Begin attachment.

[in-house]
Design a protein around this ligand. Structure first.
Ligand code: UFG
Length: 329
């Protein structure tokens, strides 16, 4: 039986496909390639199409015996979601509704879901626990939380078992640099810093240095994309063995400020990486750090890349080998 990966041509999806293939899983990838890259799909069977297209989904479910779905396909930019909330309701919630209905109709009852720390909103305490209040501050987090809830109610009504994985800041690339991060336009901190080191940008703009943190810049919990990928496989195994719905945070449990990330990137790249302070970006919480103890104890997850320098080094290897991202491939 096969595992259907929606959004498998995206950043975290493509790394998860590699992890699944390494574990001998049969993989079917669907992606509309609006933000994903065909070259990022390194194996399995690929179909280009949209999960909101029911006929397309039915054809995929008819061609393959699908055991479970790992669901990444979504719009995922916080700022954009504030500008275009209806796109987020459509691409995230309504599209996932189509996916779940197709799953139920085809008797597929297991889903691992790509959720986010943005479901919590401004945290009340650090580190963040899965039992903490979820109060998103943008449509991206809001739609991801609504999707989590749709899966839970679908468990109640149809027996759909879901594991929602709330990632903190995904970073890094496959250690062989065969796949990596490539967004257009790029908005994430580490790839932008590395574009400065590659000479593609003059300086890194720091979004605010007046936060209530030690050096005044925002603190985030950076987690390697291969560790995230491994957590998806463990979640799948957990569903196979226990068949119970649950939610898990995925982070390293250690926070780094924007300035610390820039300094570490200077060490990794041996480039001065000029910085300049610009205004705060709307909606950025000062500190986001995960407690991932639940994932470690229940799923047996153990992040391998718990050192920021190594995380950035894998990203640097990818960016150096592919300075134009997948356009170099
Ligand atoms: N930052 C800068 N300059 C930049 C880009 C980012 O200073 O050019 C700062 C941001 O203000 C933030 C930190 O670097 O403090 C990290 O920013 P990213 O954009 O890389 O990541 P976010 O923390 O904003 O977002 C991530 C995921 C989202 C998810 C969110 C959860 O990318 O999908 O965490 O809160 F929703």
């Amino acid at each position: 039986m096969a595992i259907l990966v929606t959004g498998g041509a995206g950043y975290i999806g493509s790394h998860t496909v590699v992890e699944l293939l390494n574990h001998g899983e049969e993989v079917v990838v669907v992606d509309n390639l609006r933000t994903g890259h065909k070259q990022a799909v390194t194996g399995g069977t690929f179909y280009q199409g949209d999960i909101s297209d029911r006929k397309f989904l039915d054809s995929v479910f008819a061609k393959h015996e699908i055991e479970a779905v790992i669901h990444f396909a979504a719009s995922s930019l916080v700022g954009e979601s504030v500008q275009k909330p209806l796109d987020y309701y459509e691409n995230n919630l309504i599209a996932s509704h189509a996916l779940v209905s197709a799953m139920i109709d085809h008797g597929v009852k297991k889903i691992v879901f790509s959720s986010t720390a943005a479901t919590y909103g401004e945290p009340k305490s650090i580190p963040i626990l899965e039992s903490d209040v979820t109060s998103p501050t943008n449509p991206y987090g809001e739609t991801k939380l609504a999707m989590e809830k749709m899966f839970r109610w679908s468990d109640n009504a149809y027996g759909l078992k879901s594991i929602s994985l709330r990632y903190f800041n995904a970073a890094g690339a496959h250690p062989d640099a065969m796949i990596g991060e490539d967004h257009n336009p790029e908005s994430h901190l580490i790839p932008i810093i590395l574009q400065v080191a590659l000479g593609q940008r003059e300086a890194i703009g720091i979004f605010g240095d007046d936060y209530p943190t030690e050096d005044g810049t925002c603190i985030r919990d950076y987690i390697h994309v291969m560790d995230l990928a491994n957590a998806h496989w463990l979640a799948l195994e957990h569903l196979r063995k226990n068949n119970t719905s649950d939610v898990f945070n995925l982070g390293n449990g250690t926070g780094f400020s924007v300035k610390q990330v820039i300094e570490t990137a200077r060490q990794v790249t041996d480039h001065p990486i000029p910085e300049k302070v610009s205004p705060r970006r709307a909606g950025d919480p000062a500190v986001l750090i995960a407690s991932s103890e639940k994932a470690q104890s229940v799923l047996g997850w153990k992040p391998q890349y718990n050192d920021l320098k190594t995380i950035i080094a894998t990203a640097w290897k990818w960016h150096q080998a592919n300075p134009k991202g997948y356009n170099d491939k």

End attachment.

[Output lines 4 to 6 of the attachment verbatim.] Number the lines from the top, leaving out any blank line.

Length: 329
């Protein structure tokens, strides 16, 4: 039986496909390639199409015996979601509704879901626990939380078992640099810093240095994309063995400020990486750090890349080998 990966041509999806293939899983990838890259799909069977297209989904479910779905396909930019909330309701919630209905109709009852720390909103305490209040501050987090809830109610009504994985800041690339991060336009901190080191940008703009943190810049919990990928496989195994719905945070449990990330990137790249302070970006919480103890104890997850320098080094290897991202491939 096969595992259907929606959004498998995206950043975290493509790394998860590699992890699944390494574990001998049969993989079917669907992606509309609006933000994903065909070259990022390194194996399995690929179909280009949209999960909101029911006929397309039915054809995929008819061609393959699908055991479970790992669901990444979504719009995922916080700022954009504030500008275009209806796109987020459509691409995230309504599209996932189509996916779940197709799953139920085809008797597929297991889903691992790509959720986010943005479901919590401004945290009340650090580190963040899965039992903490979820109060998103943008449509991206809001739609991801609504999707989590749709899966839970679908468990109640149809027996759909879901594991929602709330990632903190995904970073890094496959250690062989065969796949990596490539967004257009790029908005994430580490790839932008590395574009400065590659000479593609003059300086890194720091979004605010007046936060209530030690050096005044925002603190985030950076987690390697291969560790995230491994957590998806463990979640799948957990569903196979226990068949119970649950939610898990995925982070390293250690926070780094924007300035610390820039300094570490200077060490990794041996480039001065000029910085300049610009205004705060709307909606950025000062500190986001995960407690991932639940994932470690229940799923047996153990992040391998718990050192920021190594995380950035894998990203640097990818960016150096592919300075134009997948356009170099
Ligand atoms: N930052 C800068 N300059 C930049 C880009 C980012 O200073 O050019 C700062 C941001 O203000 C933030 C930190 O670097 O403090 C990290 O920013 P990213 O954009 O890389 O990541 P976010 O923390 O904003 O977002 C991530 C995921 C989202 C998810 C969110 C959860 O990318 O999908 O965490 O809160 F929703």